posted on 21 November 2015
-- this post authored by Frank Nothaft
Demographic forces will power housing demand in coming years as the millennial cohorts come into prime ages for forming households and buying first or second homes. The housing market has begun to feel the effects of this trend and the aging of the second largest cohort - the baby boomers.
Census Bureau data shows that during 2014, the largest single-age group of younger Americans was 23, with ages 22 and 24 right behind them, all clustered in the 4.5 million range (see Exhibit 1). The average age for a first-time homebuyer is 31. So in six to eight years, this bulge will become prime candidates for home sales and mortgages
But that's not the only demographic driver at work. The average age of a "move-up" or "repeat" homebuyer is 39. Right now there are about 3.9 million people in this age group. Eight years from now, there will be 4.2 million potential repeat candidates in the sweet spot. There may even be a third wave, as the largest cohorts of baby boomers (those born in 1956 through 1958) hit retirement age and start looking for retirement homes, second homes, or empty-nest condos.
Millennials' high student debt ratios and antipathy to buying homes is the stuff of legend. But that is likely to change as they advance in their working careers and plan families. Surveys of millennials indicate that they have a similar desire for homeownership as their parents' cohort, but recognize that they plan to transition into ownership at a later age. Six to eight years from now, it's a good bet they will look more like the home-buying cohorts of the past.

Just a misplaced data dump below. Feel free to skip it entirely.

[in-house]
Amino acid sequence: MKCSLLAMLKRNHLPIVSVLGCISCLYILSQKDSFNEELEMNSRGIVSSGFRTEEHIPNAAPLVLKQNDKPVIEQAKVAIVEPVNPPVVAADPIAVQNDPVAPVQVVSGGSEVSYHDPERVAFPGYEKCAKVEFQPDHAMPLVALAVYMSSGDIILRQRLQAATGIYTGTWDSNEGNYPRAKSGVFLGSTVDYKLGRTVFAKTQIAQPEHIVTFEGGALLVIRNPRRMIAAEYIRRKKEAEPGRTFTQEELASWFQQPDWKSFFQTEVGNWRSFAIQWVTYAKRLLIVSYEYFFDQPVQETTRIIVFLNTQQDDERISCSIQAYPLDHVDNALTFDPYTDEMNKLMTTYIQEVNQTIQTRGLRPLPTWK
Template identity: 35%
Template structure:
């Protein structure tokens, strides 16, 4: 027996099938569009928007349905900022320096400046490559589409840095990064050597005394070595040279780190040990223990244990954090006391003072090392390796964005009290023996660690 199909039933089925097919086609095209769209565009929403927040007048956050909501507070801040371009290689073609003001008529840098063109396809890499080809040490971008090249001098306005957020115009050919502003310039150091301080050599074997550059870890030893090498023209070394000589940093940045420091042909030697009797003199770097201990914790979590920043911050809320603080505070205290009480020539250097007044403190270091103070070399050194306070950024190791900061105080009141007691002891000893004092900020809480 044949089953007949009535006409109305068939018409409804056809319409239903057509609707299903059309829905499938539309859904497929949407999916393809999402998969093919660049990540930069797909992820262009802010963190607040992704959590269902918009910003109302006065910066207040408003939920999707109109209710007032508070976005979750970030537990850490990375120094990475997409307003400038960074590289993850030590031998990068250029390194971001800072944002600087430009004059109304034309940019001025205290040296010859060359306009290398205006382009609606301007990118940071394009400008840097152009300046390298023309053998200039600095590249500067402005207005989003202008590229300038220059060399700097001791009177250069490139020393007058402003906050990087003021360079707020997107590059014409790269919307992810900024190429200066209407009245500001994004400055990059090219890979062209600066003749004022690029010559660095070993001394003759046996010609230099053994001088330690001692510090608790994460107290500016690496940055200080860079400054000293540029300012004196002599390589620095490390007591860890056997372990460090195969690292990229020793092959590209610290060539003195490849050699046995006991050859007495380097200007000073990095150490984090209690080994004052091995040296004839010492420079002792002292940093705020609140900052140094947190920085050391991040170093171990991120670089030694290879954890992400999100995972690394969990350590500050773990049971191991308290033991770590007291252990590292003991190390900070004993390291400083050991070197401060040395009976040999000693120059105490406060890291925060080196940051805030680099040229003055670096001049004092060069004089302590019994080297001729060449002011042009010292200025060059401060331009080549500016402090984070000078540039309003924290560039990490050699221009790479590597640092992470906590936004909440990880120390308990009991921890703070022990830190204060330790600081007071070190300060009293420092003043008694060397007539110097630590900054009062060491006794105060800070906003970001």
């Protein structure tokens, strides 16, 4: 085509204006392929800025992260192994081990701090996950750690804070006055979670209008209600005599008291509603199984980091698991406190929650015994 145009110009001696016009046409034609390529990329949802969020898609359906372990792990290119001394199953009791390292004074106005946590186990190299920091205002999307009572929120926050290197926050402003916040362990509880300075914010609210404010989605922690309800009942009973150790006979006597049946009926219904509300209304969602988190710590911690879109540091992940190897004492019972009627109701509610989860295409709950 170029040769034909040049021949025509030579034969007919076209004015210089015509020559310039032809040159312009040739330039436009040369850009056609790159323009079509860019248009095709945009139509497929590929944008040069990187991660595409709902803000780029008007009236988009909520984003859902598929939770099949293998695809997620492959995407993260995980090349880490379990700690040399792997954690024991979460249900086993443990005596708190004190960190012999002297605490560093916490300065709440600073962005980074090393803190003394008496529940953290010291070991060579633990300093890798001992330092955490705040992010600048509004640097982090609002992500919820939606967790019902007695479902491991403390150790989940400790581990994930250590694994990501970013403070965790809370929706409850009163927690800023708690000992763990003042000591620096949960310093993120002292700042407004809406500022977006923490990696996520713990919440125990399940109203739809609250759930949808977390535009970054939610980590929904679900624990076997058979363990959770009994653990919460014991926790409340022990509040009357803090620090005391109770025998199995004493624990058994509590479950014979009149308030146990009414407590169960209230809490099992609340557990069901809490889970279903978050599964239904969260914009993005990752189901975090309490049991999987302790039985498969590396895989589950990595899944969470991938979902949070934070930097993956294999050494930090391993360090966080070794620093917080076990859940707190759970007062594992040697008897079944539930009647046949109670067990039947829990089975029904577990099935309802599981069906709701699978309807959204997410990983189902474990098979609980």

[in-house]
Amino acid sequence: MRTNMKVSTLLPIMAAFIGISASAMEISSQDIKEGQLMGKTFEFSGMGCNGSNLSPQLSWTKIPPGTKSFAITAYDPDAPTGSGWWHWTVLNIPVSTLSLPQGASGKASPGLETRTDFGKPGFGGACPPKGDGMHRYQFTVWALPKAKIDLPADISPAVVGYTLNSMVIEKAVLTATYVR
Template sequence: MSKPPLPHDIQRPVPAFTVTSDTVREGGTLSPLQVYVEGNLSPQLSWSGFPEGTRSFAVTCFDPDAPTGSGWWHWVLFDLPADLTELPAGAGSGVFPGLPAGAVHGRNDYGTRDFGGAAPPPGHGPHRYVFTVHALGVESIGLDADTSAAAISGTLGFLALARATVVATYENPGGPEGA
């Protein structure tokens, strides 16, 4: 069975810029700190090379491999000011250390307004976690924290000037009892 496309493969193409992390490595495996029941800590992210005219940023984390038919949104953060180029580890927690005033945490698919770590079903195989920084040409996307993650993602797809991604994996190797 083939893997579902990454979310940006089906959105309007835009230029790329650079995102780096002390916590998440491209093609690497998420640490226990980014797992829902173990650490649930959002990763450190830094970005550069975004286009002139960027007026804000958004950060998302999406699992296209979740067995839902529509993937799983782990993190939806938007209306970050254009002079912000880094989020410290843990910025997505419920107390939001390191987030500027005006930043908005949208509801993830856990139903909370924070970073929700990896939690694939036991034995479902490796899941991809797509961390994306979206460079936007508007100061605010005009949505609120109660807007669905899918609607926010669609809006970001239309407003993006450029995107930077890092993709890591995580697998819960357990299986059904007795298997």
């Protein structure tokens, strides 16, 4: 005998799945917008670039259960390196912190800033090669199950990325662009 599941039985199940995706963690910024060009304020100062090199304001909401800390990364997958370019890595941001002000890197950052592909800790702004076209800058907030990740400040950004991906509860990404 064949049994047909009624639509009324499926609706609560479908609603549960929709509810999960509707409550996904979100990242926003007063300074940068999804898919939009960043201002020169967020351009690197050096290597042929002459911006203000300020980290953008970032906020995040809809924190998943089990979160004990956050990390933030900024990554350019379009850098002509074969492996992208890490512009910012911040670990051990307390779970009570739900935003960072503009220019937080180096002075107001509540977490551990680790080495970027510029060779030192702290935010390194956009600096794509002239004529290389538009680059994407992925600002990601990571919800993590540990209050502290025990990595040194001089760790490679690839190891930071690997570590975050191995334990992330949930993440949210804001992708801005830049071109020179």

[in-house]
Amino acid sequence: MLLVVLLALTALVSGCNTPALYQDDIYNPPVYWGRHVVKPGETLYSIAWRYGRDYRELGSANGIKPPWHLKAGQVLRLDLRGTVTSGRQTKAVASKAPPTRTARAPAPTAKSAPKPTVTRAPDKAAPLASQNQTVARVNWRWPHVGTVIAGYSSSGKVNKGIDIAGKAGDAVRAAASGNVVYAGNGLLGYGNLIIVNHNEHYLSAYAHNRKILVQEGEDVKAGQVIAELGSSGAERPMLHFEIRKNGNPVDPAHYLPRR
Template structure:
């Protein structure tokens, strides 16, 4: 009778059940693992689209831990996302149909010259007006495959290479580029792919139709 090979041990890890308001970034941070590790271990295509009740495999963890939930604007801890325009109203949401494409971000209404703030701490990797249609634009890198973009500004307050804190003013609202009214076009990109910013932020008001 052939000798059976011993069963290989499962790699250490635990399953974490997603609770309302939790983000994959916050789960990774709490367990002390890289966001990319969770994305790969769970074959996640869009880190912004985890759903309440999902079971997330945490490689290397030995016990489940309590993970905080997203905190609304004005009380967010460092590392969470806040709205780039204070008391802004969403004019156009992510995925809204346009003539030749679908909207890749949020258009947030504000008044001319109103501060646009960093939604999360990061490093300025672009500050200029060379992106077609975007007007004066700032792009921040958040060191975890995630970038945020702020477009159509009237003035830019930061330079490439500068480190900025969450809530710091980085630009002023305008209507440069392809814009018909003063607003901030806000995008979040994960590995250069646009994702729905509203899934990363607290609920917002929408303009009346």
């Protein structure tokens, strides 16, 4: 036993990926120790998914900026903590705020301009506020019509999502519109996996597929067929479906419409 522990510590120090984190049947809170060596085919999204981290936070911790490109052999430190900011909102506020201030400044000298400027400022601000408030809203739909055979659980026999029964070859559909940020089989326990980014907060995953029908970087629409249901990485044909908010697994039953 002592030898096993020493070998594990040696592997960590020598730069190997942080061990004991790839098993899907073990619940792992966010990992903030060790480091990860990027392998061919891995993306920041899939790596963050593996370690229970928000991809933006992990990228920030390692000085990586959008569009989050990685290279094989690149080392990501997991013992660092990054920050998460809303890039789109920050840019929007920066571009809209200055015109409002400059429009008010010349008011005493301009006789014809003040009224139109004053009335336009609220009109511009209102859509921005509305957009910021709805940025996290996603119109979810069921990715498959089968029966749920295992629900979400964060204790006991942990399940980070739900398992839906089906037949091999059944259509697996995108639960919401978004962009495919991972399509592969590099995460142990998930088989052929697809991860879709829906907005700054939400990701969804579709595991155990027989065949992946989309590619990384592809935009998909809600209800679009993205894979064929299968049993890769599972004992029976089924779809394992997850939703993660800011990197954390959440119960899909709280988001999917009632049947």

Household formations have doubled in 2015 (1.6 million) over 2014 (700,000), as an improving economy has allowed young people to get into the labor force and out of their family's basement (see Exhibit 2). For now, those household formations likely will be rentals. But in a few years, they likely will be looking to buy homes.
An important difference between millennials and older cohorts is their greater racial and ethnic diversity. Forty-five percent of millennials are minorities, compared with 28 percent of baby boomers. Minority-headed households are projected to make up approximately three-fourths of the net households formed over the next decade.1 Historically, minority-headed households have had a lower homeownership rate than non-Hispanic whites. During the first three quarters of 2015, the homeownership rate for non-Hispanic whites was 72 percent, compared with 47 percent for minority-headed households.2 Whether the homeownership gap by race/ethnicity narrows or not over time depends on many factors outside of the housing industry, such as quality of workforce skills, labor-force opportunities, and access to credit. Nonetheless, the demographic bulge represented by the millennials will boost home sales in the future and is likely to boost rental demand as well.
 Joint Center for Housing Studies of Harvard University, State of the Nation's Housing 2015, p. 14.
 U.S. Census Bureau, Housing Vacancy Survey, Table 6A.
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